Diabetes does affect the Treeing Tennessee.  It can affect any dog, for that matter.  There seem to be more dogs than ever coming down with the disease so it’s good to know the warning signs and also to take preventative measures.  What’s in your dog’s food?  It pays to thoroughly check his food out because it can be a big culprit for leaving him vulnerable to Diabetes and other illnesses.  Feeding him people food can as well and obese dogs are also at high risk.  Diabetes involves the insulin that is produced in the pancreas.  It enables sugar (glucose) to be broken down.  When a dog, or human, is Diabetic, the process isn’t working properly all. Insulin is important for your dog to break down sugar and convert it into energy he can use. Classic signs for the ailment are weight loss without reason, excessive thirst, increased urination, repeated urinary infections, and eye problems such as cataracts.  A simple test that tests for glucose in the urine and blood will confirm Diabetes.  If your dog does have the condition, it is Type 1 which is the most common in dogs.  It is not confirmed that dogs even get Type 2, maturity onset.  It is therefore likely that he will need to be on insulin injections but your vet can discuss the diagnosis and details with you along with the recommended treatment. Since the 1970s, Diabetes has actually tripled in canines.  It is highly suspected that less than top-notch dog food is partially to blame.  Dogs tend to get less exercise too because as a society, we are just becoming busier.  Plus, there are more dogs in urban areas now than in rural locations which means they are not as free to exercise on their own.  This leads to obesity and poor health which leaves them susceptible to Diabetes.  One in every 60 dogs now has the condition.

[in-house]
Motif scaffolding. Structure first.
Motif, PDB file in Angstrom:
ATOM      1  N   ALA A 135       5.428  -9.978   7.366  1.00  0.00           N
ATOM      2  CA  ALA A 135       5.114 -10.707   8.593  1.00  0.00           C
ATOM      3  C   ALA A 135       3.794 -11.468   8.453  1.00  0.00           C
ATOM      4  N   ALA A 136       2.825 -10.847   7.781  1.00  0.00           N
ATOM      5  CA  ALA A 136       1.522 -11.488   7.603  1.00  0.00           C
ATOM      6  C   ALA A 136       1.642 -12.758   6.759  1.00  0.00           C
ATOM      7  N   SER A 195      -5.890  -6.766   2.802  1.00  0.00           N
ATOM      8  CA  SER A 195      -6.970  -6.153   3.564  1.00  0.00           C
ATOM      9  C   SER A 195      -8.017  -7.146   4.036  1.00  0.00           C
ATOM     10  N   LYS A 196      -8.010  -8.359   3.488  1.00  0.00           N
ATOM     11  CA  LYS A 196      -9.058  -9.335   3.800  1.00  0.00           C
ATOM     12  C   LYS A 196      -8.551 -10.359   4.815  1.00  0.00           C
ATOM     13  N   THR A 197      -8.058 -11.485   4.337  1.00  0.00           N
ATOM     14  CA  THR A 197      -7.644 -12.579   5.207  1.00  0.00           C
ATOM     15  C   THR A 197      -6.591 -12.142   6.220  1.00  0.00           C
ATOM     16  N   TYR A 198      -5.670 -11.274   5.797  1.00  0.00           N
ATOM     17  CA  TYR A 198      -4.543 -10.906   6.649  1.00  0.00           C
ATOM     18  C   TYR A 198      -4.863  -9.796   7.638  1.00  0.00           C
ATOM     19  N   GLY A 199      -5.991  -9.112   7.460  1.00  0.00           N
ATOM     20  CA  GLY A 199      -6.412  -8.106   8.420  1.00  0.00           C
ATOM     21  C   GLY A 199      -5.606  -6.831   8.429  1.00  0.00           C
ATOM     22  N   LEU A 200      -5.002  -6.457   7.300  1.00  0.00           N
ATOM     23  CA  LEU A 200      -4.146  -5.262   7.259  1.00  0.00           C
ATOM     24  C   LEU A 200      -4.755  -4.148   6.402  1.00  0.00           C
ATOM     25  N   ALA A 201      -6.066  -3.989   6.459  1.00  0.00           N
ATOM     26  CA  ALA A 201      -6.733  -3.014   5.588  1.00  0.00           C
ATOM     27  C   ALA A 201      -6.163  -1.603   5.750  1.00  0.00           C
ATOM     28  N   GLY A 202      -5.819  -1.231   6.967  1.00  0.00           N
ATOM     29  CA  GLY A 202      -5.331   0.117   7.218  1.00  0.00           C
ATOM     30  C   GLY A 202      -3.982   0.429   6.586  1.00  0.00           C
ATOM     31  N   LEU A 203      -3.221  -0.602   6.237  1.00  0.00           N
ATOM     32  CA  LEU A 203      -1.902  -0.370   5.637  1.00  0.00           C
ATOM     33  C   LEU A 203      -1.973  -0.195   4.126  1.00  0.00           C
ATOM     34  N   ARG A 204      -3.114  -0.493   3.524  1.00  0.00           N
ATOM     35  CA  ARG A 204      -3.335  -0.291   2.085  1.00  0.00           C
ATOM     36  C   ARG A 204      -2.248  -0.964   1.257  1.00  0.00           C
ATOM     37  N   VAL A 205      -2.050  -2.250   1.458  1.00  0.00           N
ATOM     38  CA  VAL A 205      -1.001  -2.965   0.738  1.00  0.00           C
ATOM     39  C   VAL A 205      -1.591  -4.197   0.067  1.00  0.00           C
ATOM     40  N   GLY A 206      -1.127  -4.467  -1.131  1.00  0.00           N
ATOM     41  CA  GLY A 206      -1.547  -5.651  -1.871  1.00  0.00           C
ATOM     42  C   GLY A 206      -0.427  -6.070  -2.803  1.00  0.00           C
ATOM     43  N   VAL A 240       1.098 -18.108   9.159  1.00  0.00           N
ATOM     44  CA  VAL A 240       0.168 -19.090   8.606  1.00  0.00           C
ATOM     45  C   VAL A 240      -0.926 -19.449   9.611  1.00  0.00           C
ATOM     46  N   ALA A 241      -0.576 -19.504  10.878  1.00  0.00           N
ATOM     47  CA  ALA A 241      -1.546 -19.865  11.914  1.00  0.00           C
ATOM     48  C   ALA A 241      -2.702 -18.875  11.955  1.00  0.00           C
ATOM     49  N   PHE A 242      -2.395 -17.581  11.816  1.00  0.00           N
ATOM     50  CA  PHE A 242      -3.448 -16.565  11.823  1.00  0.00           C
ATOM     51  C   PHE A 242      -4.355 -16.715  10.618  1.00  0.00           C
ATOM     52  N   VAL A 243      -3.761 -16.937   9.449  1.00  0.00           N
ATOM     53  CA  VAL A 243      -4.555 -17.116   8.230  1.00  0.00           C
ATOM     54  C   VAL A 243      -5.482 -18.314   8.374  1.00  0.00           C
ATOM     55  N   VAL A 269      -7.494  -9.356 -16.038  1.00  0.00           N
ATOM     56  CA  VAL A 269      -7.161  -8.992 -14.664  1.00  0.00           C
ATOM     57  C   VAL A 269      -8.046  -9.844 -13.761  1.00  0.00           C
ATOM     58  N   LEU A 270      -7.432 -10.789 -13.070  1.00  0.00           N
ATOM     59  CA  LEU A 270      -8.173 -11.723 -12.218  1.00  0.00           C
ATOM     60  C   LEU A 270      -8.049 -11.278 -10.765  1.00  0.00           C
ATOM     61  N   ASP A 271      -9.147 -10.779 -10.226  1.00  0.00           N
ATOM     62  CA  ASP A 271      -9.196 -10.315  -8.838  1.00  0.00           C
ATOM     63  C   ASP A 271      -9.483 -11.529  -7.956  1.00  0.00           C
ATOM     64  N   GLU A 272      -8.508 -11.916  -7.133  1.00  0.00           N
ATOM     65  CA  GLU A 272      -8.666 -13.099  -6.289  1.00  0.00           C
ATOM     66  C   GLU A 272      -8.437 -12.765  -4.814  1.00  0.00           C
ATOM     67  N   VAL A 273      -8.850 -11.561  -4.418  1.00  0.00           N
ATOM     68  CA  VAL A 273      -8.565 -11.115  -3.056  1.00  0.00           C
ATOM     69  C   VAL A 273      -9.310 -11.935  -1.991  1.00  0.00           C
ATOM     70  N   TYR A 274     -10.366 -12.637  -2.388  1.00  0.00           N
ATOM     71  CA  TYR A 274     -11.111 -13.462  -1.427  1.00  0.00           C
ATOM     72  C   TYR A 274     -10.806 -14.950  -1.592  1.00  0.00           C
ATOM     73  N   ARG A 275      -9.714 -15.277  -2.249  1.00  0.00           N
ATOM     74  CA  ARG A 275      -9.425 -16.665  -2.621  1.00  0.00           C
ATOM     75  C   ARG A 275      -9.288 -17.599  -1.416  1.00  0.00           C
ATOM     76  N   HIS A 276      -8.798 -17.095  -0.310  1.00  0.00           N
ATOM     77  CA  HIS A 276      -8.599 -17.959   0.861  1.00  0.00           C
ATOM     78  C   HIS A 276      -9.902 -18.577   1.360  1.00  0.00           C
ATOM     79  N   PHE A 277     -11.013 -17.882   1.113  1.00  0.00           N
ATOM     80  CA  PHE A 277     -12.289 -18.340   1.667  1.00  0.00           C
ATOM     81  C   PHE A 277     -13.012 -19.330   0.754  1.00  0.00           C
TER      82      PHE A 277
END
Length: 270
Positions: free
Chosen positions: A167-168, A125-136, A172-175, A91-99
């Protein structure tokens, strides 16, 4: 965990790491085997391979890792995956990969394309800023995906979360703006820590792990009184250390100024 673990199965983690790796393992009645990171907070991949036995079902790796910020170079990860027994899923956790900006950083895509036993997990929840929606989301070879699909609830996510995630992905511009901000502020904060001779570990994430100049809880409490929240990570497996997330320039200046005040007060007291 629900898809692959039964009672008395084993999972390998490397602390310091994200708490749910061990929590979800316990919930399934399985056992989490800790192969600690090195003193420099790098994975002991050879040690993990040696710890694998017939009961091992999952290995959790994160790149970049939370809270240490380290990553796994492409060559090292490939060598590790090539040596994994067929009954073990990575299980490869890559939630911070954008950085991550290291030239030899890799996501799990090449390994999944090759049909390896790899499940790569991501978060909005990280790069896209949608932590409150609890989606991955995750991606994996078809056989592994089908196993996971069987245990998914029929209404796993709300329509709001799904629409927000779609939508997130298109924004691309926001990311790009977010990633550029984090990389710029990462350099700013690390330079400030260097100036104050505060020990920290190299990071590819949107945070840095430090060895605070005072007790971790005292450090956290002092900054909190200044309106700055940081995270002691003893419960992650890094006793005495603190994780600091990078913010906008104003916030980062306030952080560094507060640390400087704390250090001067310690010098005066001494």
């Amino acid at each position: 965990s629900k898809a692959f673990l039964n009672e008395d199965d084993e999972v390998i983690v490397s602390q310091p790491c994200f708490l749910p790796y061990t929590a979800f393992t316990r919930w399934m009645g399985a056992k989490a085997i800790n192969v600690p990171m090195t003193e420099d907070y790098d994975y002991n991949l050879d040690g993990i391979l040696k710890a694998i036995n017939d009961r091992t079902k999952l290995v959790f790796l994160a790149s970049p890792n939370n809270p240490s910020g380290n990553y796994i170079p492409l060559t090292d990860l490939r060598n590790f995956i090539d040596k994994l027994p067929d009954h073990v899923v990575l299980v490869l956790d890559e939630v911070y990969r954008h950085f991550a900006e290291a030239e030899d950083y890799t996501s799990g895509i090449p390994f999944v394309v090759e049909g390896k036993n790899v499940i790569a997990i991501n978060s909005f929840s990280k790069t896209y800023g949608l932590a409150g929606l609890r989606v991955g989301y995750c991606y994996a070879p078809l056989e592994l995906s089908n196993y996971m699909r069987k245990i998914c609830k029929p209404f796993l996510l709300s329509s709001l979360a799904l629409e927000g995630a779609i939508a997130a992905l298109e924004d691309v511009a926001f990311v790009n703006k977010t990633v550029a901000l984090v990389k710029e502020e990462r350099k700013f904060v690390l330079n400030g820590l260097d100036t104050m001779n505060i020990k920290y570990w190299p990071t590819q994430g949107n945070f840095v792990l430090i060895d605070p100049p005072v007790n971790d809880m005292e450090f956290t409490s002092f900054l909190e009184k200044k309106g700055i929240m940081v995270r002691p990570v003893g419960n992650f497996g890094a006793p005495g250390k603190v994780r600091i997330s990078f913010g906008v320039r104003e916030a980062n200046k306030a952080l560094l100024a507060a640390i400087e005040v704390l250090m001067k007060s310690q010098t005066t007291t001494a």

The Treeing Tennessee is one of the most resilient dogs on the planet.  He’s built tough.  It’s in his genes.  There aren’t a lot of diseases he gets hereditarily and he’s generally in great shape physically so it is likely and hopeful that your TTB will live a long and healthy life.

Is a Treeing Tennessee Brindle Right for Me?

If you’ve got a good mind to get a super smart dog with amazing advanced hunting, trailing, and treeing skills.  You may have found the best fit ever. But, just to ensure you’re not barking up the wrong tree, it’s time to search your heart and answer these questions from your very soul.  And, by the way, it is said that the saying “Barking up the wrong tree” originated with the Treeing Tennessee.

Are you able to give this dog plenty of exercise?  If not...stop right here.  He simply must have it.  There’s no option.  You’ll have a very naughty, very bored, and extremely mischievous hound on your hands.  If you are an athletic, active person, you’ll love the excitement and enthusiasm this dog has for going on walks or accompanying you on walks, hikes, or in any other activity you are doing.  The combination of getting to spend time with his human and to exercise is like heaven to him shows.

The Treeing Tennessee has super strong hunting and treeing instincts.  Many of them may not be loveable when he’s not treeing or trailing a critter.  He’s likely to bay in the house or in the backyard until you conquer that but he’ll still need to let it out sometimes.  He is also given to chasing other things besides your neighbor’s cat or kids on bicycles.  He can climb, fences, and even trees so you’ll have to keep a sharp eye on him unless he’s out in God’s country where he can roam free.

The TTB is a Hound.  He’s given to be stubborn and independent.  He’s also very friendly and loveable.  He will require a lot of patience and a person who is able to be assertive yet kind.  Are you his person?

If you suffer from allergies, you’ll love that this fine pup barely sheds and is considered to be somewhat hypoallergenic.  No dog is truly free from the possibility of presenting allergies but this one is as close as you get.  Also, if you’re not a fan of doggie maintenance, you’ll be smitten by the fact that he requires very little.

If you think you’d like to go out on a limb and bring a Treeing Tennessee Brindle into your life, you’re in for a real growing experience.  This fine fellow will root your days in love and branch your heart out further than you ever dreamed possible.

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Traveling with Your Pet: How to Choose the Right Size Travel Dog Crate
Introduction to Traveling with Pets Traveling with pets isn’t just about bringing them along. It’s about ensuring th...